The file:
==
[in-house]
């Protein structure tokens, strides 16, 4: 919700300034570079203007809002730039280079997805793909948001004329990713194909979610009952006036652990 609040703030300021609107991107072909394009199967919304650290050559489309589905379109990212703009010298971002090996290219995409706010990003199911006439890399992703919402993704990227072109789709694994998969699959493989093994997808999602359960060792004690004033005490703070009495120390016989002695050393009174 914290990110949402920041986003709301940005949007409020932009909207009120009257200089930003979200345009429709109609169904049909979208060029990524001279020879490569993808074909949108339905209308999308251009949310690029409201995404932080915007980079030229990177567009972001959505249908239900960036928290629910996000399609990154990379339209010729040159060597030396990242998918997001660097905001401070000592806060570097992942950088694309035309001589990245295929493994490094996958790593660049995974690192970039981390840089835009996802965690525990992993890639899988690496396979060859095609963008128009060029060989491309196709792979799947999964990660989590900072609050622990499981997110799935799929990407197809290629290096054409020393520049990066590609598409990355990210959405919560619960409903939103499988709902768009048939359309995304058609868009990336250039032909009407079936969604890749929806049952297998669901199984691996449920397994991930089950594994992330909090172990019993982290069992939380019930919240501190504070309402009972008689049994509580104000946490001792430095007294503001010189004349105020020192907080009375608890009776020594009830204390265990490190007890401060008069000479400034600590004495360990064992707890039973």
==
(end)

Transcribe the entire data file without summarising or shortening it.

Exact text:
[in-house]
């Protein structure tokens, strides 16, 4: 919700300034570079203007809002730039280079997805793909948001004329990713194909979610009952006036652990 609040703030300021609107991107072909394009199967919304650290050559489309589905379109990212703009010298971002090996290219995409706010990003199911006439890399992703919402993704990227072109789709694994998969699959493989093994997808999602359960060792004690004033005490703070009495120390016989002695050393009174 914290990110949402920041986003709301940005949007409020932009909207009120009257200089930003979200345009429709109609169904049909979208060029990524001279020879490569993808074909949108339905209308999308251009949310690029409201995404932080915007980079030229990177567009972001959505249908239900960036928290629910996000399609990154990379339209010729040159060597030396990242998918997001660097905001401070000592806060570097992942950088694309035309001589990245295929493994490094996958790593660049995974690192970039981390840089835009996802965690525990992993890639899988690496396979060859095609963008128009060029060989491309196709792979799947999964990660989590900072609050622990499981997110799935799929990407197809290629290096054409020393520049990066590609598409990355990210959405919560619960409903939103499988709902768009048939359309995304058609868009990336250039032909009407079936969604890749929806049952297998669901199984691996449920397994991930089950594994992330909090172990019993982290069992939380019930919240501190504070309402009972008689049994509580104000946490001792430095007294503001010189004349105020020192907080009375608890009776020594009830204390265990490190007890401060008069000479400034600590004495360990064992707890039973």